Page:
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Am J Respir Crit Care Med. 2011 Dec 1;184(11):1289-98. doi: 10.1164/rccm.201106-1059OC. Epub 2011 Aug 25.

Screening and prevention of venous thromboembolism in critically ill patients: a decision analysis and economic evaluation.

Author information

1
Trillium Health Center, Mississauga, Ontario, Canada.

Abstract

RATIONALE:

Venous thromboembolism is difficult to diagnose in critically ill patients and may increase morbidity and mortality.

OBJECTIVES:

To evaluate the cost-effectiveness of strategies to reduce morbidity from venous thromboembolism in critically ill patients.

METHODS:

A Markov decision analytic model to compare weekly compression ultrasound screening (screening) plus investigation for clinically suspected deep vein thrombosis (DVT) (case finding) versus case finding alone; and a hypothetical program to increase adherence to DVT prevention. Probabilities were derived from a systematic review of venous thromboembolism in medical-surgical intensive care unit patients. Costs (in 2010 $US) were obtained from hospitals in Canada, Australia, and the United States, and the medical literature. Analyses were conducted from a societal perspective over a lifetime horizon. Outcomes included costs, quality-adjusted life-years (QALY), and incremental cost-effectiveness ratios.

MEASUREMENTS AND MAIN RESULTS:

In the base case, the rate of proximal DVT was 85 per 1,000 patients. Screening resulted in three fewer pulmonary emboli than case-finding alone but also two additional bleeding episodes, and cost $223,801 per QALY gained. In sensitivity analyses, screening cost less than $50,000 per QALY only if the probability of proximal DVT increased from a baseline of 8.5-16%. By comparison, increasing adherence to appropriate pharmacologic thromboprophylaxis by 10% resulted in 16 fewer DVTs, one fewer pulmonary emboli, and one additional heparin-induced thrombocytopenia and bleeding event, and cost $27,953 per QALY gained. Programs achieving increased adherence to best-practice venous thromboembolism prevention were cost-effective over a wide range of program costs and were robust in probabilistic sensitivity analyses.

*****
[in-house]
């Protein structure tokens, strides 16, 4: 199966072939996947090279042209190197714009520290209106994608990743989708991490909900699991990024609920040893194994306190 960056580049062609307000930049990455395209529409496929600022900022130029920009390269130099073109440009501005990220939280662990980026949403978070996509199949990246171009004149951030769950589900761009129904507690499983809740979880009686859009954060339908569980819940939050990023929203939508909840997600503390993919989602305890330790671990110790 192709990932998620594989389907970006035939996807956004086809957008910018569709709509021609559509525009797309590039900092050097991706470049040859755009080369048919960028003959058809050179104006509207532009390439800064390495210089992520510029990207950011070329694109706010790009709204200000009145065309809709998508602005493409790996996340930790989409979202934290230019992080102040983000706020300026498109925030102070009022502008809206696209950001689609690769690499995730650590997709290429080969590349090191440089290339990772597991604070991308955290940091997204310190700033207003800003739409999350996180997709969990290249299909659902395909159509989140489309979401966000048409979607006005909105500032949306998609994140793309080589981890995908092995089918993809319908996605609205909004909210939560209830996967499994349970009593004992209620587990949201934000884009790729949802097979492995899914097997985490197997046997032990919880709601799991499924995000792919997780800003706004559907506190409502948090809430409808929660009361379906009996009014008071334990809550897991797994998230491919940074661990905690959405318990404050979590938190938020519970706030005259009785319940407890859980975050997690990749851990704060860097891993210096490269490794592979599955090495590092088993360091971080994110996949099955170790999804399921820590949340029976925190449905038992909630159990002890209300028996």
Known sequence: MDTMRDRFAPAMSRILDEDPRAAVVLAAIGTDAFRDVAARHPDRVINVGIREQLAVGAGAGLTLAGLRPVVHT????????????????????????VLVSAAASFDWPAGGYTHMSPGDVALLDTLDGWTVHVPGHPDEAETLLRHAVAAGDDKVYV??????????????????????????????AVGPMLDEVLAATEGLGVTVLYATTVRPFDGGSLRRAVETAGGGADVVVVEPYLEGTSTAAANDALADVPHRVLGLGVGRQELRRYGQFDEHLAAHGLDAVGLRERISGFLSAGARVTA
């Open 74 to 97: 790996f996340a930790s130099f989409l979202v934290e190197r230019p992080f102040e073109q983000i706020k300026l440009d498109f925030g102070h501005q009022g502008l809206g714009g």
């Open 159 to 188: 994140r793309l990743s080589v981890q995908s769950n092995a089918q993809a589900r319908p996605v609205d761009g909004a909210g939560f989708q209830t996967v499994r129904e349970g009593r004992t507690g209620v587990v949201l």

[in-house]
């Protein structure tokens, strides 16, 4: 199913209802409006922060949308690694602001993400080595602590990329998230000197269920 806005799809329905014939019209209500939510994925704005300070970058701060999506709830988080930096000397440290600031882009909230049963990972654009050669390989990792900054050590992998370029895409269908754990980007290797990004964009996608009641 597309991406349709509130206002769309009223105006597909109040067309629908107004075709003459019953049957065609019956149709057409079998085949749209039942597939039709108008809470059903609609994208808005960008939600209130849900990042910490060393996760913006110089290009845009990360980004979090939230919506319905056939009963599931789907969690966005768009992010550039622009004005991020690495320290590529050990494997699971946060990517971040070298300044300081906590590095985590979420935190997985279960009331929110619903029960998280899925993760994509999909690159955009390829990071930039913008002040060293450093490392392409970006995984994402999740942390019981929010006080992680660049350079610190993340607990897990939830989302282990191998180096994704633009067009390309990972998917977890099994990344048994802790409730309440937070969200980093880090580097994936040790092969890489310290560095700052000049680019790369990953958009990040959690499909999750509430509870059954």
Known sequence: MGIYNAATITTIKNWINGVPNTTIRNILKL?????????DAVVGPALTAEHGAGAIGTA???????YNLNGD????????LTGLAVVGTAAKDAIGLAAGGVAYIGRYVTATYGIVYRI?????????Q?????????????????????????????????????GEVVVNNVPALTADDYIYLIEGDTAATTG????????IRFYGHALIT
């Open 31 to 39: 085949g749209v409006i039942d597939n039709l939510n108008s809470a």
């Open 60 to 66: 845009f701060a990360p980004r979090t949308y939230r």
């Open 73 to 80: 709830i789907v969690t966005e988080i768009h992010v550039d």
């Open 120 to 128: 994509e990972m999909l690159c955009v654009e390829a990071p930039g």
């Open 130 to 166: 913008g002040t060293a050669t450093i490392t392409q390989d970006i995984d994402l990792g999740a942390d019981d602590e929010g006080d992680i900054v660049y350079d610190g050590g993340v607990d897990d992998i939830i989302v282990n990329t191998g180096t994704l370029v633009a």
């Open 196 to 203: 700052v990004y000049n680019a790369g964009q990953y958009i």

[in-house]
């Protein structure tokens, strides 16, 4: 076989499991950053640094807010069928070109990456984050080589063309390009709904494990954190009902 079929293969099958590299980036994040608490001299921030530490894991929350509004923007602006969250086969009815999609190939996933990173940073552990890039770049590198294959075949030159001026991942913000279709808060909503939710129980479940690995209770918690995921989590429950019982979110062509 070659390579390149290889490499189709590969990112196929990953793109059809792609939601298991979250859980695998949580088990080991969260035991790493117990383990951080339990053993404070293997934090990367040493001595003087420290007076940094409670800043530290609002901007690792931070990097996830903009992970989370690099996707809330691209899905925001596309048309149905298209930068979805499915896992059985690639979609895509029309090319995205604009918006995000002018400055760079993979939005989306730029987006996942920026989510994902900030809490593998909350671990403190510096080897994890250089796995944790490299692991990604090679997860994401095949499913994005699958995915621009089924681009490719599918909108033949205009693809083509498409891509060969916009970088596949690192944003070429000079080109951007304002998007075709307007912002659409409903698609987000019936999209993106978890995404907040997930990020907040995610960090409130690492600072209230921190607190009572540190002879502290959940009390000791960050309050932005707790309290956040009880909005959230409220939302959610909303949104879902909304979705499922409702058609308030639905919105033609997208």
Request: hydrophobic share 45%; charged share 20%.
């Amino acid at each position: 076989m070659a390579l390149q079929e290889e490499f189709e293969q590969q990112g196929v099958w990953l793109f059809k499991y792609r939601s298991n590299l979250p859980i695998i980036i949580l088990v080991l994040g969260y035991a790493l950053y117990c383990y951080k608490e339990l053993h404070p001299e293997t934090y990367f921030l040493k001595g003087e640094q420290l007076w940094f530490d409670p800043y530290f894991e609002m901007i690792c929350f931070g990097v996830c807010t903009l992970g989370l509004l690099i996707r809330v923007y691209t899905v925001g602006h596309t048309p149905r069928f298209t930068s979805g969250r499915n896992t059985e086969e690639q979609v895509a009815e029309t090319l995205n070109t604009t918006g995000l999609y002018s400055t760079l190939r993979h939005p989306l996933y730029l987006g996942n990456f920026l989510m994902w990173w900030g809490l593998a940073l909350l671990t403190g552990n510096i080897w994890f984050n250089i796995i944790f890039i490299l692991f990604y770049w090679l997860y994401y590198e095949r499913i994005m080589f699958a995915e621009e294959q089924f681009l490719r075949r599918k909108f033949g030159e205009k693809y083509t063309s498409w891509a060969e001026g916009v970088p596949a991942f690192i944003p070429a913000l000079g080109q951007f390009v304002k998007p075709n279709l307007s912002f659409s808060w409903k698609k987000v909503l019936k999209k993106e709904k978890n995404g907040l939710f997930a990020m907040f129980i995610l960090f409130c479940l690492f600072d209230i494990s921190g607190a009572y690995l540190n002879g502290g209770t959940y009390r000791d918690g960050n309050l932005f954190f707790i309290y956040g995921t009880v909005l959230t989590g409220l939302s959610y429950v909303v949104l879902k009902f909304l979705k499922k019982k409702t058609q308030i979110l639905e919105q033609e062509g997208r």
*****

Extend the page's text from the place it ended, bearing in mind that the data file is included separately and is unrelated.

CONCLUSIONS:

Appropriate prophylaxis provides better value in terms of costs and health gains than routine screening for DVT. Resources should be targeted at optimizing thromboprophylaxis.

Comment in

PMID:
21868500
DOI:
10.1164/rccm.201106-1059OC
[Indexed for MEDLINE]

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